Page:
May We Sail without Giving into Our Fears

Flooding in Puerto Rico

Spiritual Sunday

The catastrophic devastation of Puerto Rico, into which our president has injected race politics, has me thinking of Noah’s flood and a poem by the great Syrian poet Adonis. As Adonis sees it, there is something wrong with a god who orders a flood, sparing only a few while drowning the rest of humanity. His poem can be read as a critique of religious tribalism and of tribalism generally. We cannot allow such thinking to enter into the Puerto Rican rescue and rebuilding effort.

We lucky survivors, the poet says, have “fasten[ed]/Our lives to the ropes of corpses filling the skies.” If we believe in a sky god that angrily metes out death to others, then we are defining our lives by “a fear of the Sun” and can only be pessimistic about the future:

In us, in our arteries, flows a fear of the Sun. 
We despair of the Light, 
We despair, Lord, of a tomorrow 
In which to start Life anew.

Even though this God might protect us, such a future is no more than “an appointment with death.” Landing safely on Mount Ararat would be no more than seeing “this World, its Lord, and its Hell, twice over.”

Adonis is not rejecting God altogether. Rather, he is rejecting our reduced image of God, how we have shrunk Him to an angry sky god that smites our enemies. Adonis then goes about imagining a bigger god. He’s going to think of God as “something in between” earthly Clay and spiritual Ember, neither entirely of earth nor entirely of heaven. Rather than read cataclysmic disaster as divine retribution upon people who are not like us, the poet will go in search of “a different, a new, lord.”

In his search, the poet will not cling to the “familiar and pleasing despair” of the shores, which describes our current fatalistic existence. Rather, he will steer his ark into freezing waters and “remov[e]/clay and pebbles from the eyes of the dead.” We must leave behind comforting tribal certainties and “sail without giving in to our fears.” If our God is more that a compilation of our grievances–if our God is truly big–then we can return from the wilderness, emerge from the false reassurance of dark caves, and open the depths of our being to the timeless flood waters.

In the poem’s images of nautical exploration, I hear Lucille Clifton’s “blessing of the boats“:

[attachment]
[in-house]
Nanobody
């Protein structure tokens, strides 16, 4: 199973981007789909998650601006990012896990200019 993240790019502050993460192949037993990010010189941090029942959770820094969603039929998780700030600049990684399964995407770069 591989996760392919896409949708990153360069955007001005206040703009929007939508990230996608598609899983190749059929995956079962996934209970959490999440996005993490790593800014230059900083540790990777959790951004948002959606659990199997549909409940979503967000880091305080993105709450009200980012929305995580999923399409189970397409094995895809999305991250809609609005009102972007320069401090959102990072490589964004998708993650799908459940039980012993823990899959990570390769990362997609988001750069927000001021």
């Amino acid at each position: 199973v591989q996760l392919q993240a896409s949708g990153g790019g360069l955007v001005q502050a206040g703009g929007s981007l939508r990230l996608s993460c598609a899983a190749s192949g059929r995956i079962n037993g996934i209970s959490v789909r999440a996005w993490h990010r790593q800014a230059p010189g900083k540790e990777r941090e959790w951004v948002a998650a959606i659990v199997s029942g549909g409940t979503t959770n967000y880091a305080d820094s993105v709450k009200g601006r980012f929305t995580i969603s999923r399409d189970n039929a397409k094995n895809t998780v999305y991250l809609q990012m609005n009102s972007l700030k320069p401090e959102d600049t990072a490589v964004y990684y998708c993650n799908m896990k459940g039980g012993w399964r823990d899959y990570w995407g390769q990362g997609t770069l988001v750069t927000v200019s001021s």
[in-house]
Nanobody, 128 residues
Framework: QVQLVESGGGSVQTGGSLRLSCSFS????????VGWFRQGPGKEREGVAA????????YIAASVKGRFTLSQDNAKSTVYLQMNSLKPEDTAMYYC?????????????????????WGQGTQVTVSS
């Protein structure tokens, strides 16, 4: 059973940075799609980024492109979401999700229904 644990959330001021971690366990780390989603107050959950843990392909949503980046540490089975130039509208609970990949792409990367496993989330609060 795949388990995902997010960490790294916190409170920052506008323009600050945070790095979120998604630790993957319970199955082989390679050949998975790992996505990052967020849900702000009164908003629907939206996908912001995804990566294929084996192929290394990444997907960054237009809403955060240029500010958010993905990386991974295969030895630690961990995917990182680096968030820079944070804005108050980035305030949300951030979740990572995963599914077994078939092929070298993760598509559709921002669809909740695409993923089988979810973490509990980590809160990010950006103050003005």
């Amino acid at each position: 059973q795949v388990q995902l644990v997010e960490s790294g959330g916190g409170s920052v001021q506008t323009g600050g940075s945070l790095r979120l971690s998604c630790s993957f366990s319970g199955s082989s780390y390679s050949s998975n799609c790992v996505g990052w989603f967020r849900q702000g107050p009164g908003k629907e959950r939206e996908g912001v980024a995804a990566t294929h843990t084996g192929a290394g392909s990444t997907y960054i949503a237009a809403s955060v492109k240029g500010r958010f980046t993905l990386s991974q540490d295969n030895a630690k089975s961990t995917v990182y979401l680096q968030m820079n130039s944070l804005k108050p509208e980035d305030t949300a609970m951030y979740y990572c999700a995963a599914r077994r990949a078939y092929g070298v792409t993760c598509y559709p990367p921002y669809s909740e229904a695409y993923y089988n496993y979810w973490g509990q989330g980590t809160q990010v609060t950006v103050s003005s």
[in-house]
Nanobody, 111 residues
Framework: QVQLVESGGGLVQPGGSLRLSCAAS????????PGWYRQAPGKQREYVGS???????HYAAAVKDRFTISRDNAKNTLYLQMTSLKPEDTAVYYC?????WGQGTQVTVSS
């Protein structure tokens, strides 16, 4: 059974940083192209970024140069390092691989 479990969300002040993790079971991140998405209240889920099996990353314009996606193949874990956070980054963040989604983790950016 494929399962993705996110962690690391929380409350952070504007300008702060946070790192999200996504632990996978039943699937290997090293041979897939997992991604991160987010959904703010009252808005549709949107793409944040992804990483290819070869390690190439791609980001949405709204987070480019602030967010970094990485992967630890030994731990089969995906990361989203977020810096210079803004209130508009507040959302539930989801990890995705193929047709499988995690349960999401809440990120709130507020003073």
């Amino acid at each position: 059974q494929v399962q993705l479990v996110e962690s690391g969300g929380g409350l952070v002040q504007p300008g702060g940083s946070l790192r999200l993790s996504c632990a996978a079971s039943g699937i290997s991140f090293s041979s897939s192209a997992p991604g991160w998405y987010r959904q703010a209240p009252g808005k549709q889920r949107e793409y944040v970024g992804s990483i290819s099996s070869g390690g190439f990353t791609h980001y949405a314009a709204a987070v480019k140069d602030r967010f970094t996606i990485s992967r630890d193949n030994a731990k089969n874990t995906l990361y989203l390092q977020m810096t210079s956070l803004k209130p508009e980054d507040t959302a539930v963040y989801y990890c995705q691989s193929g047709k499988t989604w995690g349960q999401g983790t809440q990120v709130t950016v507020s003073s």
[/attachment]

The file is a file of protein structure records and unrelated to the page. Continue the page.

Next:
may the tide
that is entering even now
the lip of our understanding
carry you out
beyond the face of fear
may you kiss
the wind then turn from it
certain that it will
love your back may you
open your eyes to water
water waving forever
and may you in your innocence
sail through this to that

Adonis’s elusive poem lends itself to multiple interpretations, including leaving behind religious habits that have become calcified while opening ourselves to new vision. The poet will awaken the spiritually dead, whose eye sockets are clogged by clay and pebbles. (“I had not thought death had undone so many,” writes T. S. Eliot in his own poem about a spiritual wasteland.) In the context of Puerto Rico, however, I think of the poem as white America emerging from its insularity and sailing over the waters to embrace inclusivity. We can refuse to be walled in by fears of the Other.

Today’s Old Testament reading is about Moses finding water in the wilderness, a passage only too relevant to the many Puerto Ricans who still lack clean drinking water. When we “open the depths of [our] being to the flood” and listen to the voice that whispers in our veins, we override what frightens us and step into a fuller vision of what is possible. The god of that vision, not the god of fearful Trump evangelicals, is the one I sail in search of.

A New Noah

By Adonis

Translated by Shawkat M. Toorawa

We travel upon the Ark, in mud and rain, 
Our oars promises from God.   
We live—and the rest of Humanity dies.   
We travel upon the waves, fastening 
Our lives to the ropes of corpses filling the skies. 
But between Heaven and us is an opening, 
A porthole for a supplication. 

“Why, Lord, have you saved us alone 
From among all the people and creatures? 
And where are you casting us now? 
To your other Land, to our First Home? 
Into the leaves of Death, into the wind of Life? 
In us, in our arteries, flows a fear of the Sun. 
We despair of the Light, 
We despair, Lord, of a tomorrow 
In which to start Life anew. 

If only we were not that seedling of Creation, 
Of Earth and its generations, 
If only we had remained simple Clay or Ember, 
Or something in between, 
Then we would not have to see   
This World, its Lord, and its Hell, twice over.”

                         2

If time started anew, 
and waters submerged the face of life, 
and the earth convulsed, and that god 
rushed to me, beseeching, “Noah, save the living!” 
I would not concern myself with his request. 
I would travel upon my ark, removing   
clay and pebbles from the eyes of the dead. 
I would open the depths of their being to the flood, 
and whisper in their veins   
that we have returned from the wilderness,   
that we have emerged from the cave, 
that we have changed the sky of years, 
that we sail without giving in to our fears— 
that we do not heed the word of that god. 
Our appointment is with death.   
Our shores are a familiar and pleasing despair, 
a gelid sea of iron water that we ford   
to its very ends, undeterred, 
heedless of that god and his word, 
longing for a different, a new, lord.

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